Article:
Sebastian Vettel makes damning Mick Schumacher admission

Sebastian Vettel has offered insight into the future of his friend Mick Schumacher in Formula 1.

Sebastian Vettel has shared his perspective on the future of his friend and protege, Mick Schumacher, suggesting that the young talent may find himself sidelined from the Formula 1 grid for another year in 2024. 

Schumacher, the 24-year-old German driver and son of F1 legend Michael Schumacher, had hoped to secure a race seat after being axed by Haas and assuming the reserve role at Mercedes this season.

However, both Schumacher and Mercedes team boss Toto Wolff have acknowledged the challenging nature of the current driver market, hinting at limited opportunities for the talented driver in 2024.

Speaking at the iconic Nurburgring, where he demonstrated his title-winning 2011 Red Bull car on the renowned Nordschleife layout, Vettel provided insight into Schumacher’s prospects.

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“The situation is difficult at the moment,” Vettel stated.

“There is maybe only one cockpit left at the moment, and it’s not that easy, or it’s rather difficult, to slide back in. 

“But there is always some possibility,” he added, offering a glimmer of hope.

Schumacher himself had previously disclosed the existence of a “plan B” for 2024, leading many insiders to speculate that this might involve continuing in his current backup role at Mercedes. 

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Vettel expressed the importance of Schumacher’s continued development, saying, “I think it’s important that things continue in a certain way for Mick next year, that he continues to work on the second chance.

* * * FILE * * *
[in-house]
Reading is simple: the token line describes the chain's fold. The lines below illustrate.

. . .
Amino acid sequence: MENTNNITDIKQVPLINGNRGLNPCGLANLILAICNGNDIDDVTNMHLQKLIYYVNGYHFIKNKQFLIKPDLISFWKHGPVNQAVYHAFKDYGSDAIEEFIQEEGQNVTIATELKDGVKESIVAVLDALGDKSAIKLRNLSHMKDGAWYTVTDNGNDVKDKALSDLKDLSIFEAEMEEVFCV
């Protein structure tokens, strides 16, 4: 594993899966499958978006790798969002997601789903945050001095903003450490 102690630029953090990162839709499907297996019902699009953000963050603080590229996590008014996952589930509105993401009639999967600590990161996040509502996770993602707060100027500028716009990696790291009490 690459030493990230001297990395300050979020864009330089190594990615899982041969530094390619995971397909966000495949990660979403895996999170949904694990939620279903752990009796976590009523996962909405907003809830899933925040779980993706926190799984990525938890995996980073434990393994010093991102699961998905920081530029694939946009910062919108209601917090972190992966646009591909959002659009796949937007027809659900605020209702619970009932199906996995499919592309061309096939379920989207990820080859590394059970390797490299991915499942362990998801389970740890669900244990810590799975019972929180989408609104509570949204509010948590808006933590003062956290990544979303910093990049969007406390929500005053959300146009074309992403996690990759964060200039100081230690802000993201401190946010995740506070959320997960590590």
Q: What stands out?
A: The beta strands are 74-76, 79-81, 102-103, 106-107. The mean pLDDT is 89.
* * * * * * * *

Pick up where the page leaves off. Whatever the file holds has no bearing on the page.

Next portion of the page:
“From a German perspective, it’s essential because he’s not just the biggest young talent but perhaps even the only one at the moment.”

Schumacher’s departure from Haas this year led to the return of the impressive 36-year-old Nico Hulkenberg, making him the sole German driver on the Formula 1 grid. 

Vettel acknowledged the challenges of bringing a Formula 1 race back to Germany, emphasising the significant costs involved. 

“It is so expensive,” he noted. 

“The costs involved in setting up a grand prix are very high, and perhaps the Germans are just a bit too realistic. 

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“Formula 1 has become more popular worldwide, but not in Germany.”

Meanwhile, German newspaper Bild reported that Vettel is set to attend the Japanese Grand Prix at Suzuka in two weeks. 

While the report clarified that it was not about a driver comeback, it hinted at a potential project or engagement for the veteran racer.